Kjell Frølich Benjaminsen and Erik Skjelnæs were wed at the stroke of midnight. Photo: Fredrik Varfjell / NTB scanpix
A church synod voted on Monday to approve the new liturgy, or service, allowing same-sex couples to get married in the church.
At the stroke of midnight, Benjaminsen and Skjelnæs stood before the altar and made their vows in front of pastor Bettina Eckbo, who led the historic ceremony.
“It was great fun and really cosy to be a part of,” Eckbo told NTB.
The newlyweds have lived together for 36 years – longer than Eckbo has been alive.
“They already represent the values that marriage is about – faithfulness and supporting one another on good days and bad,” she said.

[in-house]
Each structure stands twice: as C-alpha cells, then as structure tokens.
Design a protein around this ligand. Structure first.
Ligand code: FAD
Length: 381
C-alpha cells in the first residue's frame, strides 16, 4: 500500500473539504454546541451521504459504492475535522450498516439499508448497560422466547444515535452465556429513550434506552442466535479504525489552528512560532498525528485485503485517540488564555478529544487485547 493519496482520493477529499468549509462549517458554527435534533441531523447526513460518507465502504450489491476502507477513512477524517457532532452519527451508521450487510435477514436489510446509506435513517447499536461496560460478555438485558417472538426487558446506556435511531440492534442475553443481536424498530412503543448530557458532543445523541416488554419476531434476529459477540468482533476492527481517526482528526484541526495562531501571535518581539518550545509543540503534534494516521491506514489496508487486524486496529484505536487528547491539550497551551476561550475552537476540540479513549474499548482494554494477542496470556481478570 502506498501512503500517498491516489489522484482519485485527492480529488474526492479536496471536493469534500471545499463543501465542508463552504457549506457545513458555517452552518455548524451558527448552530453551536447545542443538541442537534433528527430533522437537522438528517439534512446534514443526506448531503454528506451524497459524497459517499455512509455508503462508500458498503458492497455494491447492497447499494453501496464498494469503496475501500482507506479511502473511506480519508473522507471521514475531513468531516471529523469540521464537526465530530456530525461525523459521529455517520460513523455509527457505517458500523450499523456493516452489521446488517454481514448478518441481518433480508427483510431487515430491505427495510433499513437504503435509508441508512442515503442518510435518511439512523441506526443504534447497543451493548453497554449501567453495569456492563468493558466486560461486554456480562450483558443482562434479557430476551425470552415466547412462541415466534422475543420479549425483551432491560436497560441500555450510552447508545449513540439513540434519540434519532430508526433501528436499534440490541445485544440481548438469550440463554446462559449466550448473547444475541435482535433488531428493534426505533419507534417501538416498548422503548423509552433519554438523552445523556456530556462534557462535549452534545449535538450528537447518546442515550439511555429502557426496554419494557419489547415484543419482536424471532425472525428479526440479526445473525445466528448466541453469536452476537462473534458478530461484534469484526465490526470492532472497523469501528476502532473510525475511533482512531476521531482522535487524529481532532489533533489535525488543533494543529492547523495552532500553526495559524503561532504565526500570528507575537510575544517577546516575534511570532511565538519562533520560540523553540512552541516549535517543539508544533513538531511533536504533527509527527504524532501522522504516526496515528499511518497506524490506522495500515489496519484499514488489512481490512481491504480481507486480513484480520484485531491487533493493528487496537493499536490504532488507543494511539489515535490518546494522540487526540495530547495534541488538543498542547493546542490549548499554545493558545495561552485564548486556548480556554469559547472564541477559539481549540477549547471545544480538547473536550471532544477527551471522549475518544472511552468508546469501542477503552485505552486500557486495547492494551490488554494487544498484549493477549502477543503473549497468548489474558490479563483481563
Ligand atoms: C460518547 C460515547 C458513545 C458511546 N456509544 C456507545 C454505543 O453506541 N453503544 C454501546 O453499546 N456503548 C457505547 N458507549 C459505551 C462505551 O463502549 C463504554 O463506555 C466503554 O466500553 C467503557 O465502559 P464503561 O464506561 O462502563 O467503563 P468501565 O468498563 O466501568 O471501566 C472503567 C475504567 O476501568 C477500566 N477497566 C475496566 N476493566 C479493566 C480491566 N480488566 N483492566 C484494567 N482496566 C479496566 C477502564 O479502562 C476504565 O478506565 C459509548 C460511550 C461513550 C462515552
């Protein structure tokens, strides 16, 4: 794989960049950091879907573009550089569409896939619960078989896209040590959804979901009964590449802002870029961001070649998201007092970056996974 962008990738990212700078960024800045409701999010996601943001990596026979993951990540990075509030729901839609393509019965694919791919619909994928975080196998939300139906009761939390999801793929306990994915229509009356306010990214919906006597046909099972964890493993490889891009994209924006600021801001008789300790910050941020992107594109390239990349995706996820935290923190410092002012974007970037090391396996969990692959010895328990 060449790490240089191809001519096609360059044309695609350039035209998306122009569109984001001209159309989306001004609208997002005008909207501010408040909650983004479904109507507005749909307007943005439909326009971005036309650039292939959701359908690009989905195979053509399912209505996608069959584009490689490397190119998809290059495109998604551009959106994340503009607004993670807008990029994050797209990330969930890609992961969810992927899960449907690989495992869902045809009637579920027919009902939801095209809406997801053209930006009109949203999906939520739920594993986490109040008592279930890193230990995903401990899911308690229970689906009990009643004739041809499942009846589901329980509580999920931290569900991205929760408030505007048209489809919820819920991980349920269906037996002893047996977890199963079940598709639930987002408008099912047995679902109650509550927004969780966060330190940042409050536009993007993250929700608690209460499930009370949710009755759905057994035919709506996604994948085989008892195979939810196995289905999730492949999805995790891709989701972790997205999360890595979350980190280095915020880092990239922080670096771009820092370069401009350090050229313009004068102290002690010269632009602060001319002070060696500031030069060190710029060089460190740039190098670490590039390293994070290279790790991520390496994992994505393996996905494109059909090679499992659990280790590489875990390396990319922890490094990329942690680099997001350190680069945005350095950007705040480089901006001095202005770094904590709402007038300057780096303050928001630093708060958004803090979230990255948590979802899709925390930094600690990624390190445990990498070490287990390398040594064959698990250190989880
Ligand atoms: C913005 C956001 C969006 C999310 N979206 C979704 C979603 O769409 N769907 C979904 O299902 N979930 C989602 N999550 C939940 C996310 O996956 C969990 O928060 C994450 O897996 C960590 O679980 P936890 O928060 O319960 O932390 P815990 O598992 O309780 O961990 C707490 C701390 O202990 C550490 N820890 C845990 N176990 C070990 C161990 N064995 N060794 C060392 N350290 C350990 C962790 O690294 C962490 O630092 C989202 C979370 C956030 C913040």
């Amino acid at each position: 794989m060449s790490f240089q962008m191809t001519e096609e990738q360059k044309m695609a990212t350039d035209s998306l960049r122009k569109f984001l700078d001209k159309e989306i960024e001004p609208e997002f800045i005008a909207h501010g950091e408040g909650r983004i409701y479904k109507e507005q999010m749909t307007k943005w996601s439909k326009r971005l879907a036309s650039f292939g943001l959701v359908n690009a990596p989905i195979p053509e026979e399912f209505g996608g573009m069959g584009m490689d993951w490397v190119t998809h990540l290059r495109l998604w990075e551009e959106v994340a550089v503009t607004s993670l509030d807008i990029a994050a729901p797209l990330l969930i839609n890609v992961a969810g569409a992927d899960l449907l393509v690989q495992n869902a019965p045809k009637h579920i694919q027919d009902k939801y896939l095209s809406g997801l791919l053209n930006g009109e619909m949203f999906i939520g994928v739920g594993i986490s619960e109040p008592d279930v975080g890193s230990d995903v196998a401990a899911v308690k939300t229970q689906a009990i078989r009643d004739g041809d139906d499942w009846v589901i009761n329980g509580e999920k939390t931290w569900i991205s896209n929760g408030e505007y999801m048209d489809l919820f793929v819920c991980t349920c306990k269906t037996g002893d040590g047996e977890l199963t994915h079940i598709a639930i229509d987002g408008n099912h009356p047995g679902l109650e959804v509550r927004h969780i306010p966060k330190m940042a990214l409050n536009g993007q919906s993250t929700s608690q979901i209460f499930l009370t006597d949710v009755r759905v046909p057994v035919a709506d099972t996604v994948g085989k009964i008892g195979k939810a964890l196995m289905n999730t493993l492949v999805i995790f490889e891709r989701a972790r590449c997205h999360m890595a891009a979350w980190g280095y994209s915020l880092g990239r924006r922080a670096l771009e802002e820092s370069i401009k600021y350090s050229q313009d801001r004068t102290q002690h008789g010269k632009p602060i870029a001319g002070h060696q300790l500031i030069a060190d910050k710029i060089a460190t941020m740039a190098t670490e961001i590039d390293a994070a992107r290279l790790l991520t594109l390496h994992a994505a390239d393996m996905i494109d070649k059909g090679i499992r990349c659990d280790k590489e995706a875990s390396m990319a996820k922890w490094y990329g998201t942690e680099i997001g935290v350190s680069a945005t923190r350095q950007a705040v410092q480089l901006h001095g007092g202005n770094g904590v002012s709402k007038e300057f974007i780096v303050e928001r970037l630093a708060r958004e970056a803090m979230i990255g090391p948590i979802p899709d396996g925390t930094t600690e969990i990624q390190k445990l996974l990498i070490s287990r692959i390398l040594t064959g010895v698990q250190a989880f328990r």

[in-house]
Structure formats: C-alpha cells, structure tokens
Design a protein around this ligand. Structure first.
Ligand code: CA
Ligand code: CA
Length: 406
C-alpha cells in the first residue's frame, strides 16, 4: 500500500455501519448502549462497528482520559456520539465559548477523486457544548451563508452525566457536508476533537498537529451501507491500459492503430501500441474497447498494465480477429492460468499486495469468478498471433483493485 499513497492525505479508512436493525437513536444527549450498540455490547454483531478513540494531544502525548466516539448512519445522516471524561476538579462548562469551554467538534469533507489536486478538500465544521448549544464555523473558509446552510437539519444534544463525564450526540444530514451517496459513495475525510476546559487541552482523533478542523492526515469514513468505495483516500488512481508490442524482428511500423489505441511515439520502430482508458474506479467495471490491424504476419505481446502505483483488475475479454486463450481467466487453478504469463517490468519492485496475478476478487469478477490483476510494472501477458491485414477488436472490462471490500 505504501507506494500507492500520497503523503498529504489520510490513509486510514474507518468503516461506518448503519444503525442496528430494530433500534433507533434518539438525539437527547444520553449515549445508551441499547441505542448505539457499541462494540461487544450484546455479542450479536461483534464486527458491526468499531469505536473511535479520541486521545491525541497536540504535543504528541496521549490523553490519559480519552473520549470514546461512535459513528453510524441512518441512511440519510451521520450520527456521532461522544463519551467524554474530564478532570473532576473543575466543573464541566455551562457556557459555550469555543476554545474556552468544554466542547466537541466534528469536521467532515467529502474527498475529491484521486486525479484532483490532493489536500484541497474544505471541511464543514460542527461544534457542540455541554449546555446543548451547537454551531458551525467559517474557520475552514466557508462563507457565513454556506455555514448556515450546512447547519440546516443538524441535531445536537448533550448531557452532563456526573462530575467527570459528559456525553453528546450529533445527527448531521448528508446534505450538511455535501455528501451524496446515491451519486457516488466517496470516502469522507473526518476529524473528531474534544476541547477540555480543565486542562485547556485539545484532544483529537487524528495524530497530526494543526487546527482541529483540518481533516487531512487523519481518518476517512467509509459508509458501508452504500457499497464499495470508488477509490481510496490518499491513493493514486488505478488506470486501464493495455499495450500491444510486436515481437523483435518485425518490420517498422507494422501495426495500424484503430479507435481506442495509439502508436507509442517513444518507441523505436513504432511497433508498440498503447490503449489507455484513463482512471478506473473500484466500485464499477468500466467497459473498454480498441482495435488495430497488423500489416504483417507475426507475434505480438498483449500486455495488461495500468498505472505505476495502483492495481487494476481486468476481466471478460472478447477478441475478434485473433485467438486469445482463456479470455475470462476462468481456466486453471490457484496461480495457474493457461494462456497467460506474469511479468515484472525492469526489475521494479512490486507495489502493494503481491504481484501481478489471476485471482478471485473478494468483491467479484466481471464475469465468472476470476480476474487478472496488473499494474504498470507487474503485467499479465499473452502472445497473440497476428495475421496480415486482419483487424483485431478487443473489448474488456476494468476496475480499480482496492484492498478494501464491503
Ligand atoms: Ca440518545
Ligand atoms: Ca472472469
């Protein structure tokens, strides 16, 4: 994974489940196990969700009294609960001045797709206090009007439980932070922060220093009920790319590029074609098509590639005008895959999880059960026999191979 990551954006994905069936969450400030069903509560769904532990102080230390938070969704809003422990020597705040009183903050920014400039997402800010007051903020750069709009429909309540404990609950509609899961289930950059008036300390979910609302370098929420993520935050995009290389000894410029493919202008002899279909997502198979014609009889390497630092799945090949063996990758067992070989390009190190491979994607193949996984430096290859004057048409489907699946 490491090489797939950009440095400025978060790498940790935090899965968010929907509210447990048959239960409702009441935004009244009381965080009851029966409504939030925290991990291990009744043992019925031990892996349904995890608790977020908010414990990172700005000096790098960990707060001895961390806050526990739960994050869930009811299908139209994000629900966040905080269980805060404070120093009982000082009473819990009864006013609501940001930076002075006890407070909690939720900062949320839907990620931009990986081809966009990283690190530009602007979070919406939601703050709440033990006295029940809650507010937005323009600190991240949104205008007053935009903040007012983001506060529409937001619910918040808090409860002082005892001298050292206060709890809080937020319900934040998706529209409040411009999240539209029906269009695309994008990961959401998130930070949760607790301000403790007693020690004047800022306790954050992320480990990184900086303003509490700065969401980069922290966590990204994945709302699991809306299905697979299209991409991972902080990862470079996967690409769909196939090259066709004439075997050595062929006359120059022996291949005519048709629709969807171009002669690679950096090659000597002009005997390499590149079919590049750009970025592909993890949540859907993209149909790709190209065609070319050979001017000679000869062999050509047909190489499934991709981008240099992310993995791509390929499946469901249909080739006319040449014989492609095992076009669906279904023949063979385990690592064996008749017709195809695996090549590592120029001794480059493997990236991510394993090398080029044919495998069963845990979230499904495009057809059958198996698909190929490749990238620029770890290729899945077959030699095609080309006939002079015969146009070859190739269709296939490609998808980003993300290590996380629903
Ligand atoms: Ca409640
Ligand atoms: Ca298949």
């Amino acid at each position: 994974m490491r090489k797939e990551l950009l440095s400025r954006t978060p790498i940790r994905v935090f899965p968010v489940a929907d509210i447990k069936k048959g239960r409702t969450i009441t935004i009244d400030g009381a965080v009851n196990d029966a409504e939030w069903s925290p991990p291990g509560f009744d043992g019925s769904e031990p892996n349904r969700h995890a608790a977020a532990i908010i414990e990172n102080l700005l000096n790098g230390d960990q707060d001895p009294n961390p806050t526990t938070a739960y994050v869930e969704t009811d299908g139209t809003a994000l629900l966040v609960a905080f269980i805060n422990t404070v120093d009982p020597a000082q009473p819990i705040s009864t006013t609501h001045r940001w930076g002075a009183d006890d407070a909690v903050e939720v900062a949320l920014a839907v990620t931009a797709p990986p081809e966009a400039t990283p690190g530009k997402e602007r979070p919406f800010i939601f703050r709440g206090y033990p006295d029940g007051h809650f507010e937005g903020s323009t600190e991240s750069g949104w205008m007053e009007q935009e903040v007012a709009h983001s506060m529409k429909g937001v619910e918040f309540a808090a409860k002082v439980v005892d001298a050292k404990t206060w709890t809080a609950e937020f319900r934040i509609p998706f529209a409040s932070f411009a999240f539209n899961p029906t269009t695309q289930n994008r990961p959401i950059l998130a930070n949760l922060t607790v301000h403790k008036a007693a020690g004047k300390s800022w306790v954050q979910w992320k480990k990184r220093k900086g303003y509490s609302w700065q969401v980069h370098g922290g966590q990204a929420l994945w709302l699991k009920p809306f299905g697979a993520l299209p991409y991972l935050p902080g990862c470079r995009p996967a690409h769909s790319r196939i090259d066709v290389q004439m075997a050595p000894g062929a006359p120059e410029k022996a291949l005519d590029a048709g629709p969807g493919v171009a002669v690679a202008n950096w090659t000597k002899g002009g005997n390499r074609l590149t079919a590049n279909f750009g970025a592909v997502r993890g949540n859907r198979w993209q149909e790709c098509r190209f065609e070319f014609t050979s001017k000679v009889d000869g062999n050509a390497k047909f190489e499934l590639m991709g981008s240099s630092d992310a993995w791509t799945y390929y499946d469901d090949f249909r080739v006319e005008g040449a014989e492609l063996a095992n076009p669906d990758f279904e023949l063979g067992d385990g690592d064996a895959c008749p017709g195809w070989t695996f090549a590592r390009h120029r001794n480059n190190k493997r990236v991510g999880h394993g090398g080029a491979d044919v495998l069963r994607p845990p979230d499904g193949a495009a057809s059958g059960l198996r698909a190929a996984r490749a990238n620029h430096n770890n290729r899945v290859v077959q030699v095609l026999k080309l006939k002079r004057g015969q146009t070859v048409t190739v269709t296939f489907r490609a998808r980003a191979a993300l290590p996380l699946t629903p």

The ceremony marks a new milestone for gays and lesbians in Norway, which like its Nordic neighbours is at the forefront of gay rights in Europe. Civil marriage and adoption have been open to gays since 2009 and the Church also authorises the ordination of homosexuals.
“In many ways, these two men have lived through a lot of the recent history of homosexuals. When they got together in 1981, it must have seemed very unreal for them to think that they would one day get married in the church,” Eckbo said.
The newly-married couple had previously stated that after waiting so long to get married they felt like they didn’t have another second to spare. So when the new liturgy took effect at 12am on Wednesday, they took full advantage of it.